In the October/November issue, we have a profile on Amanda Large and Younes Bounhar of Doublespace Photography, in which they share about how they developed their successful architectural photography business, their passion for documenting the built environment, and the challenges of balancing work and family life. Dave Brosha reflects on landscape photography, asking why we do it and what exactly it does for us and the world at large. Maggie Hood shares her impressions after putting the brand-new Profoto B10 to the test, while Guy Langevin talks about making DIY lenses. There are also interviews with Michael Flomen and Alia Youssef, gadgets, news, and much more!
We can’t wait for you all to get your copies and check it out! Thanks to Laurence Butet-Roch, Alia Youssef, Younes Bounhar, Amanda Large, Michael Flomen, Mike O’Connor, Dave Brosha, Ingrid Forster, Maggie Hood, Jean-François Landry, Natalie Gillis, Kahli April, Kyle McDougall, Adam Hill, Stephen Desroches, Robert Racine, George Stastny, Jenny Montgomery, Emmanuelle Champagne-Desbiens, Valerie Racine and Guy Langevin for contributing to this issue.
To whet your appetite, here are two excerpts from this issue.
“Landscape photography has always gotten a bit of a bad rap from ‘serious’ photographers. ‘Pretty pictures. That’s all they are.’ And ‘Oh, look, another sunset photo…wonderful.’ The sarcasm is thick, and you can’t help but get the feeling from non-landscape photographers that landscape, although potentially artistic, doesn’t hold as much serious weight as photojournalism, street or portraiture when it comes to the world of ‘great’ photography. I’ve felt that quiet criticism about landscape photography from some of my portrait- and photojournalism-loving friends too. But I don’t think this criticism is justified. In fact, I believe the opposite: not only is landscape photography every bit as good as the other genres of photography, I am convinced that it’s also incredibly important and even necessary for our planet’s long-term survival.”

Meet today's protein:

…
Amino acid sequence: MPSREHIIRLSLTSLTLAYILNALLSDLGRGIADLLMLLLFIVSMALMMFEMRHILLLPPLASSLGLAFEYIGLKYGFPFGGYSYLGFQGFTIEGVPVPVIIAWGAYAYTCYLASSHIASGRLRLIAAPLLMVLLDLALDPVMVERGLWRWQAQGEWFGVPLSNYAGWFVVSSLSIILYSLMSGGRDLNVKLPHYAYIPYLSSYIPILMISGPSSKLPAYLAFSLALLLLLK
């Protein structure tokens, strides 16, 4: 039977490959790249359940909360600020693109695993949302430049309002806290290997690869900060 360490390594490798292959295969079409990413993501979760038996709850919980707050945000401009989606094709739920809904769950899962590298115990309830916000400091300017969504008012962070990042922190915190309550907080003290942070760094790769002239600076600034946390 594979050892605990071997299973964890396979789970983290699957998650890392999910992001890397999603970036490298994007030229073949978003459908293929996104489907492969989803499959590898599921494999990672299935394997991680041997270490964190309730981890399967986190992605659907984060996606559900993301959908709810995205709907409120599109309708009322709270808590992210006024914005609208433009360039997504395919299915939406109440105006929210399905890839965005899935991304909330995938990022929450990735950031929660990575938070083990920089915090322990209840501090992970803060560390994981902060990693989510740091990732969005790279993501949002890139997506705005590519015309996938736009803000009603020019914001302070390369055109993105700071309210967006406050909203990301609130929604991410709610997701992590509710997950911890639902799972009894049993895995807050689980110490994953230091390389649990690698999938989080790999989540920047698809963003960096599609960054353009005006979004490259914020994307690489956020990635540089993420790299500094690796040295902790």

—Dave Brosha in “The Natural Arts: What’s the Point of Landscape Photography Anyway?”
When it comes to connecting with potential clients, a good portfolio is essential. “Know who your client is. Don’t show photos of a shack if what you want to shoot is high-end modern architecture,” emphasizes Younes. Having never previously photographed architecture professionally, Younes and Amanda had to build their portfolio from scratch. Favouring quality over quantity, they contacted select local restaurants and hotels in their home city of Ottawa to photograph and crafted a concise portfolio of images that highlighted the type of work they wanted to be hired for. “Produce a body of work that you are excited to show,” says Younes. “Photographers always feel the need to fill an entire portfolio with many images; you don’t need that. I would rather have five incredible photos over fifteen mediocre ones,” he adds.
—Ingrid Forster in “The Business of Architectural Photography: Doublespace Photography on Building a Business and Pursuing Your Passion”